Finance experts have raised concerns that some councils are not getting good enough advice before purchasing commercial properties as investments.
The Times reported on Monday how councils had paid £2.7bn for commercial properties since 2015, up from £500m over the previous three years.
The topic was a recurring theme at the Chartered Institute of Public Finance & Accountancy’s annual conference in Manchester yesterday.
LGC reported yesterday how Cipfa’s new president Andrew Burns used a part of his speech to warn councils they need to make sure due diligence in relation to commercial investments is “thorough”.
In a workshop on resilience, risk, and resourcefulness Pete Moore, president of the Society of County Treasurers, said the issue was “one to watch out for”.
Mr Moore, who is also executive director of finance and public protection at Lincolnshire CC, said: “The issue for me is about sensible risk. Does an investment strategy around property support your key service drivers? There is nothing wrong with economic development and nothing wrong with multi-use assets but are you putting your authority at undue risk by, in racing terms, putting it on the outsider rather than the favourite.”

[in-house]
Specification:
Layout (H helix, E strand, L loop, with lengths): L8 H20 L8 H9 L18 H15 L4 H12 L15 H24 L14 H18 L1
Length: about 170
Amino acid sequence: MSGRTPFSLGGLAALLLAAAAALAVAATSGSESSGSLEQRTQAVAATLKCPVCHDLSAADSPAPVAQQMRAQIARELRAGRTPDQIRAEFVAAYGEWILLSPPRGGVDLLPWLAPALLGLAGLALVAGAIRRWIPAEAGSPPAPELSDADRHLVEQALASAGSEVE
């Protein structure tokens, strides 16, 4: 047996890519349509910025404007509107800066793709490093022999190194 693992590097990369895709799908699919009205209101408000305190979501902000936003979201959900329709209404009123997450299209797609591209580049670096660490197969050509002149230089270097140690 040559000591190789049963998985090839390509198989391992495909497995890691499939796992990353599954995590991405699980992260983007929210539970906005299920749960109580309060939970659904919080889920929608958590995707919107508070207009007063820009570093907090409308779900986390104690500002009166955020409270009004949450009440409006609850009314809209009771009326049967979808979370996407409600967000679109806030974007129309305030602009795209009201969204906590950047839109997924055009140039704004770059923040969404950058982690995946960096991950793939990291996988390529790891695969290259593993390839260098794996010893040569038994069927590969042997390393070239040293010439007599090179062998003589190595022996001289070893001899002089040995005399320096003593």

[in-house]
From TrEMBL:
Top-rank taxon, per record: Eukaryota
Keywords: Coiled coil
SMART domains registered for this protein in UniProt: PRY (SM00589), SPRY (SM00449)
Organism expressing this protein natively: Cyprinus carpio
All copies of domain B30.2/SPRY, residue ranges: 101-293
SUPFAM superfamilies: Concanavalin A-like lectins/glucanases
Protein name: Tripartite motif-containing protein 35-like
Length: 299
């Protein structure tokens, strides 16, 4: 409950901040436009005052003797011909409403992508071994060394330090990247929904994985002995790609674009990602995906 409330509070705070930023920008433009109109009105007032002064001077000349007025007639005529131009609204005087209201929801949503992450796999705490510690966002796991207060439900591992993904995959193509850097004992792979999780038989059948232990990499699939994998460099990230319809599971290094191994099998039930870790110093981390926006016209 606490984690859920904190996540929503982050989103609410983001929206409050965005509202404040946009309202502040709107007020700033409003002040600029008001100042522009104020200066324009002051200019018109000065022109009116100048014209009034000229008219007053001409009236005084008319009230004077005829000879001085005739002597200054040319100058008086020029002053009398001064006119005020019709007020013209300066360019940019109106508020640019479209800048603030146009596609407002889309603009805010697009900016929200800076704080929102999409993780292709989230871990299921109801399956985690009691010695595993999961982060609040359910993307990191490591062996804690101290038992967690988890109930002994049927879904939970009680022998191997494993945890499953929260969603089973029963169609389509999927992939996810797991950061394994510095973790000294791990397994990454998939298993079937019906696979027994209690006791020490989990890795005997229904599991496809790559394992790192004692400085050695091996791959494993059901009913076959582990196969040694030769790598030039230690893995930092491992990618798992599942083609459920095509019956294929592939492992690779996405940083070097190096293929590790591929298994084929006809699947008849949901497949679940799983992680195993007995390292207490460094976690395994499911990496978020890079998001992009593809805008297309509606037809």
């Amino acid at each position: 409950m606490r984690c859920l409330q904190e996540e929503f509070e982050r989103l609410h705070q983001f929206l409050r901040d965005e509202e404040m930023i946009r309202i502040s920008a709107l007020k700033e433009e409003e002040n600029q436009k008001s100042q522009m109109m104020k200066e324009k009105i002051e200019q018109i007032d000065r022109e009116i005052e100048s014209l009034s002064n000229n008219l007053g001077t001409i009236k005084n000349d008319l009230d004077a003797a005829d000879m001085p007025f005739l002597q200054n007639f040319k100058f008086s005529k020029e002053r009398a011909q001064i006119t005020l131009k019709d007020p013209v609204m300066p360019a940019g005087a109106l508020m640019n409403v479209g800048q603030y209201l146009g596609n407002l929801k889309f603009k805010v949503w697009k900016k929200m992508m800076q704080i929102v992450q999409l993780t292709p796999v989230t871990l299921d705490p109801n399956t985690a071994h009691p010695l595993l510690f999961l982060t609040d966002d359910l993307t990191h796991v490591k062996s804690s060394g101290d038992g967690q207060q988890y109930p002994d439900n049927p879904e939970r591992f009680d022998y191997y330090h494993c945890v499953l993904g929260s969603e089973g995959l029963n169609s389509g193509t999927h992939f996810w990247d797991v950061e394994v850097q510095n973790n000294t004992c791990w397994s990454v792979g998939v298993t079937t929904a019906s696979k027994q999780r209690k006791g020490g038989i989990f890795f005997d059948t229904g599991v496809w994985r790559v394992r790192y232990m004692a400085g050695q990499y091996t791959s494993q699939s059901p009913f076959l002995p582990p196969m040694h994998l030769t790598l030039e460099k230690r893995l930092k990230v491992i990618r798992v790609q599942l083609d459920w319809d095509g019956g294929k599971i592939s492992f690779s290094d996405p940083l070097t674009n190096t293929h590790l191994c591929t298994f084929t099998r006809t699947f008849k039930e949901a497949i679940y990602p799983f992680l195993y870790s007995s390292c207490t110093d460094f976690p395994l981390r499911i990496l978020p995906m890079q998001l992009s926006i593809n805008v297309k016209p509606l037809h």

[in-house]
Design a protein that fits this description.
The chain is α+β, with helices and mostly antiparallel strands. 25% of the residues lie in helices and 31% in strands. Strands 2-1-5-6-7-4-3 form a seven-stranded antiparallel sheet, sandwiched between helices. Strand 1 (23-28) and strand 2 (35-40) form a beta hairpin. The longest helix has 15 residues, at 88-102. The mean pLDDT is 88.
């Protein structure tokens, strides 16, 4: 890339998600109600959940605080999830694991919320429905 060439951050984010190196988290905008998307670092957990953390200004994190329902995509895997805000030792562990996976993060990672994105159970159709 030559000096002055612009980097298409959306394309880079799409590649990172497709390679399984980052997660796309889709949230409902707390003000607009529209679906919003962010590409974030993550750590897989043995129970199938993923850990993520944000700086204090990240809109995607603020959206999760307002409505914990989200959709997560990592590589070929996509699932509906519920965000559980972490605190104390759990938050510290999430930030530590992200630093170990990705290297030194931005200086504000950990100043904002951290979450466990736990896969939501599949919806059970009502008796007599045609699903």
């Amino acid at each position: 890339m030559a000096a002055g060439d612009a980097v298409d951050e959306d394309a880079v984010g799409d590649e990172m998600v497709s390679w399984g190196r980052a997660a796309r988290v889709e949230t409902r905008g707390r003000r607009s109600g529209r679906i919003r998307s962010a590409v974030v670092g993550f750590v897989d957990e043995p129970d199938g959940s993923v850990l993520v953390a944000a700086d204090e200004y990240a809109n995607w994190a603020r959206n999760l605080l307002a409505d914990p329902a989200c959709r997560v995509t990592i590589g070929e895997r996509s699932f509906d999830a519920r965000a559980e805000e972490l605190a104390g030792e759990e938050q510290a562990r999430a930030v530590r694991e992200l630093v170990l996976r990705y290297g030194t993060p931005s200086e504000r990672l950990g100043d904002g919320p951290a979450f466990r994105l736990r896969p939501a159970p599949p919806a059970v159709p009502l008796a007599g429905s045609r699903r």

Sean Nolan, director of local government at Cipfa, said councils had a “responsibility” to make sure their investments were proportional.
“The public need to feel you are acting proportionately and relative to the size of your budget and debt,” he said.
In order to “make sure sections at the margins don’t affect this for everybody”, Mr Nolan said Cipfa would make best practice “explicit” in its prudential code for councils.
“Best practice has got to become common practice, particularly when it comes to property for yield purposes,” he said. “You have got to make sure you get proper expert advice.”
In a separate workshop on commercial risk, Mike Britch, group managing director of Norse group, a company set up by Norfolk CC, said: “I have got a feeling it will end in tears at some point. It can get out of hand quite quickly and I am not convinced that some of the decision making has been made with the best advice possible.”
While he is “really supportive” of councils buying properties “in their own area for economic regeneration purposes”, he expressed concern the government “will step in and stop it” if local authorities are seen to be “distorting” the commercial market too much.
Helen Dobby, group manager for commercial services at South Hams DC and West Devon BC, said her councils were taking “a measured approach to what commercial properties we’re looking at” and warned against “putting all of your eggs in one basket”.